Posted on Monday October 7, 2013
Riding with a Purpose
Friendly Wheels, Issue 68
With disability advocate Duncan Wyeth
For cyclist, Paralympian and disability advocate Duncan Wyeth, a bicycle has been vital to a happy and healthy life.
Wyeth, who was diagnosed with cerebral palsy as an infant, was held to the same standards as his siblings growing up. This decision from his parents has been a blessing to Wyeth, and has helped him reach heights many didn’t think were possible.
Not being able to keep up with his playmates was frustrating for Wyeth growing up, but everything changed when he received his first bike. Not only did the bike allow him to play with his friends, but it also positively affected his cerebral palsy. The constant repetition of peddling utilized and stretched his muscles, all while doing something he loved.
Wyeth’s love for cycling has led to some amazing adventures. After graduating from Michigan State University, Wyeth joined the Mid-Michigan Tri-County Bicycle Association, which led him to competing in his late 20’s. He then went on to compete in the 1981 Michigan Regional Cerebral Palsy Games, where he earned 14 gold medals. At the National Games the same year, Wyeth won two gold and another silver. At the 1982 World Cerebral Palsy Games, he brought home a bronze in cycling and silver in discus.
Six years later, Wyeth was presented with the opportunity to perform on an even bigger stage. The Paralympic Games were being held in Seoul, Korea, which also hosted the Summer Olympics a few months earlier. Wyeth earned a spot on the team and placed fifth out of 40 cyclists in the 30-kilometer road race. “From the 1988 games in Seoul, to the late 90’s, emergence and acceptance of Paralympic sports made such great strides,” Wyeth said. “It was an exciting time of growth and recognition for the sport that I was glad to be a part of.”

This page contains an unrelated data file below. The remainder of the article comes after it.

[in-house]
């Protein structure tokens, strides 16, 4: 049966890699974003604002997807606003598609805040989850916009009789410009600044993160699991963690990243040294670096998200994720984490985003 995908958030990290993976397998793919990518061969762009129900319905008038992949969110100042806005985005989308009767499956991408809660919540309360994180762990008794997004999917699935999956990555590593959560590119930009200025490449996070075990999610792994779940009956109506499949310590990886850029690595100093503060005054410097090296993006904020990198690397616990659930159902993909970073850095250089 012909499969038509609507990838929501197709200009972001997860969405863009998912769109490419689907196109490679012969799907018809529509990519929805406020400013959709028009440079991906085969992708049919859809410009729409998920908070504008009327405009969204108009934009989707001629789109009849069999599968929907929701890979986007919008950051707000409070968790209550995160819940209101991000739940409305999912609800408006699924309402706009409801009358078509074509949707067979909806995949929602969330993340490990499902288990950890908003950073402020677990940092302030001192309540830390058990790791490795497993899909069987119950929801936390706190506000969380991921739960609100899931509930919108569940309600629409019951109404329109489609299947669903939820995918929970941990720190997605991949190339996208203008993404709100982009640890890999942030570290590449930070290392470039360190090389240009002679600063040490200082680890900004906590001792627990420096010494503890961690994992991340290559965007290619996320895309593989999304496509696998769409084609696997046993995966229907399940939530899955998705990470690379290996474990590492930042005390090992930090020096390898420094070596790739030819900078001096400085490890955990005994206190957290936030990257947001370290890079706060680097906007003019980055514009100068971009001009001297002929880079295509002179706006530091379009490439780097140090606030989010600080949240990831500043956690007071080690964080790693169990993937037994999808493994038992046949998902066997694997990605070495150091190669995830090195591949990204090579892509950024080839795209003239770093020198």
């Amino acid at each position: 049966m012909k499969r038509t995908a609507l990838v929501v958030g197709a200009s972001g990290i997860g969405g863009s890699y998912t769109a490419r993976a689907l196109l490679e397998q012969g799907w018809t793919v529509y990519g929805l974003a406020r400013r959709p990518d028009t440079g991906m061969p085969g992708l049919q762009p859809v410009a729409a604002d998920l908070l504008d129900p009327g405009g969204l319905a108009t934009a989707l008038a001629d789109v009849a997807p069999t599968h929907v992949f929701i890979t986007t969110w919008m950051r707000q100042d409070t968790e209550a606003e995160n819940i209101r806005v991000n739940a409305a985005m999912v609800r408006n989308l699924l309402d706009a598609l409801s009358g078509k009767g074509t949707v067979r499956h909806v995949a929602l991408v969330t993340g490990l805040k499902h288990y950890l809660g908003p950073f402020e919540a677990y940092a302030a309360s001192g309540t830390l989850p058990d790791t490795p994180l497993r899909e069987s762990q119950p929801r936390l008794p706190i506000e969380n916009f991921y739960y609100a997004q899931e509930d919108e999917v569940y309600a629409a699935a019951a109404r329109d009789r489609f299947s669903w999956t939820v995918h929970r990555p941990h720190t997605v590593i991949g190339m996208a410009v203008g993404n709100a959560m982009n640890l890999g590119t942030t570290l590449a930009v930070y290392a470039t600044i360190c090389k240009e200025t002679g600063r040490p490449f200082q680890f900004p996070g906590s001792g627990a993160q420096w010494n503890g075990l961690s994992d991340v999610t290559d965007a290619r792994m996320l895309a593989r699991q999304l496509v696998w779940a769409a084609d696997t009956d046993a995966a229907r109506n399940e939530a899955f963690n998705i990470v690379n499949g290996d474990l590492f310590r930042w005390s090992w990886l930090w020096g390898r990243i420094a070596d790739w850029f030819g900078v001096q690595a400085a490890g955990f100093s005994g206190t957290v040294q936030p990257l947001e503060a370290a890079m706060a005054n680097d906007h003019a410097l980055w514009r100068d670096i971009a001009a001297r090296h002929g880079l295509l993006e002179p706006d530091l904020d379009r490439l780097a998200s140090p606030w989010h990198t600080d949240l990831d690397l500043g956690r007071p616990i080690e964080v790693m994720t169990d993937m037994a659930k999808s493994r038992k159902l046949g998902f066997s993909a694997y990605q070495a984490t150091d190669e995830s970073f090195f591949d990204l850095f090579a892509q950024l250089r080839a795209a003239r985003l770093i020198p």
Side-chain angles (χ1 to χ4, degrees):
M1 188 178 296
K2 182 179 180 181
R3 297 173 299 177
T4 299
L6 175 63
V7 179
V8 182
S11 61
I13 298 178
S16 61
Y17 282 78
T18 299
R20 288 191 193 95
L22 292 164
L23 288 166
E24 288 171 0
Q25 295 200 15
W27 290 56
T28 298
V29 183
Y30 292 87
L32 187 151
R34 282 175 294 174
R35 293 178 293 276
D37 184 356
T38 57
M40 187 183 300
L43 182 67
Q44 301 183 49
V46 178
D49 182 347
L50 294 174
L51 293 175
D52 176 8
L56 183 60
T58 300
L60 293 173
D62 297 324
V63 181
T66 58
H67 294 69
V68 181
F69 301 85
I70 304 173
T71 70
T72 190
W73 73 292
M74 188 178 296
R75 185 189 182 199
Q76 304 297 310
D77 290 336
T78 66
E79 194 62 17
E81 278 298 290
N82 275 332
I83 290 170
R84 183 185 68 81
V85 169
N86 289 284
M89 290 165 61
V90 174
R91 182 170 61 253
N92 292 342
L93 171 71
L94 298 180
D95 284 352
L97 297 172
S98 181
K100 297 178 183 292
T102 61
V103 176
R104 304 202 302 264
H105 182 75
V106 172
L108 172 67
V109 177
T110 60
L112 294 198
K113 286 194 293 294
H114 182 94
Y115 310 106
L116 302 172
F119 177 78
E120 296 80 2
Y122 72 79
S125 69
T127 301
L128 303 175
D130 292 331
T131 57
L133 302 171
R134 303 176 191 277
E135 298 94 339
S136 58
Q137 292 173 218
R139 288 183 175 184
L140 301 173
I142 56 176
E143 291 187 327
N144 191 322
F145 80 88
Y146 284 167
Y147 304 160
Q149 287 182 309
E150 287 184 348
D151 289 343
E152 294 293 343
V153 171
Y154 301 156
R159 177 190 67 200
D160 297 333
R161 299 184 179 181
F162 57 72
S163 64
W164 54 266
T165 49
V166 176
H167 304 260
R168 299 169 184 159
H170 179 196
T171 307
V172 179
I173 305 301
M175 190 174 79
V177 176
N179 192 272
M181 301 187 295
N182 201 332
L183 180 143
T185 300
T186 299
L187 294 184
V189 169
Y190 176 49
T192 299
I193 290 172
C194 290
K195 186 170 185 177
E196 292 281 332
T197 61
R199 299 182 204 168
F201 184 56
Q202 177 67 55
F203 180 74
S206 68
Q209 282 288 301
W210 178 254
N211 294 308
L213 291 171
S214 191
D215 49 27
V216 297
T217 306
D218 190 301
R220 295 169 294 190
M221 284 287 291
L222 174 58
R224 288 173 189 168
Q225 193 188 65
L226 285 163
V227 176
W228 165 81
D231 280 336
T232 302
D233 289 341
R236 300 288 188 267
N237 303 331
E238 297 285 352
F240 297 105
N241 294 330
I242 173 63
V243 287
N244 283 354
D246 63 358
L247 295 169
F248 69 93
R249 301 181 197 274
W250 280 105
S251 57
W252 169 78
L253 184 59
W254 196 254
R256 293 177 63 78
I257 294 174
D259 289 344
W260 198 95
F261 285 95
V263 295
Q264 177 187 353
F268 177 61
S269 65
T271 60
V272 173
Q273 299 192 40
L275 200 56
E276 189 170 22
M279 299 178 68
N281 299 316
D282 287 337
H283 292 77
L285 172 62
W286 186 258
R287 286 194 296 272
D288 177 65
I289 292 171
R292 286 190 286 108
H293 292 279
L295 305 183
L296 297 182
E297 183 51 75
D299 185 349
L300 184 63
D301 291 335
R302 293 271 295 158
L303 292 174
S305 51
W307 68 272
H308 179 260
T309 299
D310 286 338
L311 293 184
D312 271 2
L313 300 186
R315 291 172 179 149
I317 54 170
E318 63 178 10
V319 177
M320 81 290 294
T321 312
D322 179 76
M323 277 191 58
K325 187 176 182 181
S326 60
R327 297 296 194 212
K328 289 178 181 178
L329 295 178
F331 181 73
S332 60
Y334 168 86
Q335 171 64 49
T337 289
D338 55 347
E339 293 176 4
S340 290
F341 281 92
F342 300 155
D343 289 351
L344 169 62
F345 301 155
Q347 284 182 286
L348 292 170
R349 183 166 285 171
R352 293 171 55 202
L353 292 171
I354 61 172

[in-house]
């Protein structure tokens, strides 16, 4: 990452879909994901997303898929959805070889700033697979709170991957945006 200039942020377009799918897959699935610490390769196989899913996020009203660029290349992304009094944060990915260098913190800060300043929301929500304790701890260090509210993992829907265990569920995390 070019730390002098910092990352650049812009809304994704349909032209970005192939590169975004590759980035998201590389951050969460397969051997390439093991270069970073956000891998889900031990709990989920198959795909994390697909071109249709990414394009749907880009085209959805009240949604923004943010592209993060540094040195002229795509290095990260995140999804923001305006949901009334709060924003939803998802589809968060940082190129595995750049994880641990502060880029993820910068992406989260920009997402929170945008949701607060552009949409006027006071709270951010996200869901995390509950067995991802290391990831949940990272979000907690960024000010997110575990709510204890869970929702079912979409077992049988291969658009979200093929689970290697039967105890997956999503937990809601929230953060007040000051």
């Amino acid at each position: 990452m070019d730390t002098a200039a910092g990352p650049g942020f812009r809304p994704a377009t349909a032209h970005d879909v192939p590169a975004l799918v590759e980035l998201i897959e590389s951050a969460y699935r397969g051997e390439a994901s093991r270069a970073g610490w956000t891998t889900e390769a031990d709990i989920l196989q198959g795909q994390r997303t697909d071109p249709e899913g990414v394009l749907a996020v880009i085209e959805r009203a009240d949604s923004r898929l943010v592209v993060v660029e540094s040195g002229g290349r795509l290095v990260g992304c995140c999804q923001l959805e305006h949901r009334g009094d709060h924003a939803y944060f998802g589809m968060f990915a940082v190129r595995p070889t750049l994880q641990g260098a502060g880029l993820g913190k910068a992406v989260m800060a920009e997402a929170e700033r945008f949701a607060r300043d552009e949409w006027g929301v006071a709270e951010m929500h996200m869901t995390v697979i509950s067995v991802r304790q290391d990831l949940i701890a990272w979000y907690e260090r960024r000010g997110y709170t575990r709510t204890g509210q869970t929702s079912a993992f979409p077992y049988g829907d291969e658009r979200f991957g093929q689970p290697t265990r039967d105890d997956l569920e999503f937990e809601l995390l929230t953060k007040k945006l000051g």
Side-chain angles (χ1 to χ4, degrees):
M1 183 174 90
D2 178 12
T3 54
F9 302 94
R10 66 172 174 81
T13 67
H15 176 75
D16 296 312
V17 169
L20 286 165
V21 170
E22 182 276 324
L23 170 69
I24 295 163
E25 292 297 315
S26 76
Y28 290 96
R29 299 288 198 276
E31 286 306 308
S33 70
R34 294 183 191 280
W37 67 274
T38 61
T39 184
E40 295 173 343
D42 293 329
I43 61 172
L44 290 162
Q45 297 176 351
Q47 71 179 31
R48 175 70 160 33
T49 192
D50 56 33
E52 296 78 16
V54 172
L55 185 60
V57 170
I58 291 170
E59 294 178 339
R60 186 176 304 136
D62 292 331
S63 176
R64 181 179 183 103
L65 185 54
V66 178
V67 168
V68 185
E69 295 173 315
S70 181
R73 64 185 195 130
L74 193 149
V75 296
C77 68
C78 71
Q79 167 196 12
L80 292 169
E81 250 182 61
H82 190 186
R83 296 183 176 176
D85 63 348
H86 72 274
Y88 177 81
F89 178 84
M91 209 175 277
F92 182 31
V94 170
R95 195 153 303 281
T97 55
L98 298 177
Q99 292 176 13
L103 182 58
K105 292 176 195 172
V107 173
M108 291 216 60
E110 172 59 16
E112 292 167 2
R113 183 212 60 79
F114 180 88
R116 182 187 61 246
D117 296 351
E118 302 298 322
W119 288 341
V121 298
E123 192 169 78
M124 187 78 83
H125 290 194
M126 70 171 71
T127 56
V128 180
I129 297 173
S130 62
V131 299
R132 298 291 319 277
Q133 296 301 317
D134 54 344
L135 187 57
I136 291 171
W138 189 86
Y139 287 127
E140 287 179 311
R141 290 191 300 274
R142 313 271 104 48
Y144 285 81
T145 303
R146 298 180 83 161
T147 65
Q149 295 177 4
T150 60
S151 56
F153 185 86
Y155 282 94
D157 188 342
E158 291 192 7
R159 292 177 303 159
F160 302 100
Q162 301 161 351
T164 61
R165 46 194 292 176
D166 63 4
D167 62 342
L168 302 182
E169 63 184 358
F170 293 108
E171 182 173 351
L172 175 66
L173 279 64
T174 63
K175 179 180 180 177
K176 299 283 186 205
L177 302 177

Throughout the years, Wyeth has continued to be recognized for his accomplishments on and off the bike. In 1988, he was named Male Athlete of the Year by the United States Olympic Committee. In 2000, the American Academy on Cerebral Palsy and Developmental Medicine established the Duncan Wyeth award.
The award was created to honor individuals who contribute to the health of persons with disabilitiesthrough sports and recreation. Wyeth is a two-time inductee of the Michigan Athletes with Disabilities Hall of Fame for his efforts on the bike and the many years he devoted to promoting sports for people with disabilities.
In addition to the awards, Wyeth’s advocacy efforts for athletic participation in the disabled community have been published both locally and nationally. He recently retired as the executive director of the Michigan Commission on Disability Concerns, but still serves as an adjunct faculty member at Michigan State University, where he teaches a class titled “Disability in a Diverse Society.”
Throughout the years, Wyeth’s love for riding has not faded. Although he may not bike hundreds of miles like he used to, you can still see him out for a ride. “I do still enjoy biking, especially because it is a major asset to maintaining my mobility,” Wyeth said, “I was just at Mackinaw and enjoyed a bike around the island – I will go for a ride, rain or shine.”
From biking, competing internationally, teaching students or advocating for people with disabilities – Wyeth is someone who has inspired many and strived to make a positive impact on a daily basis.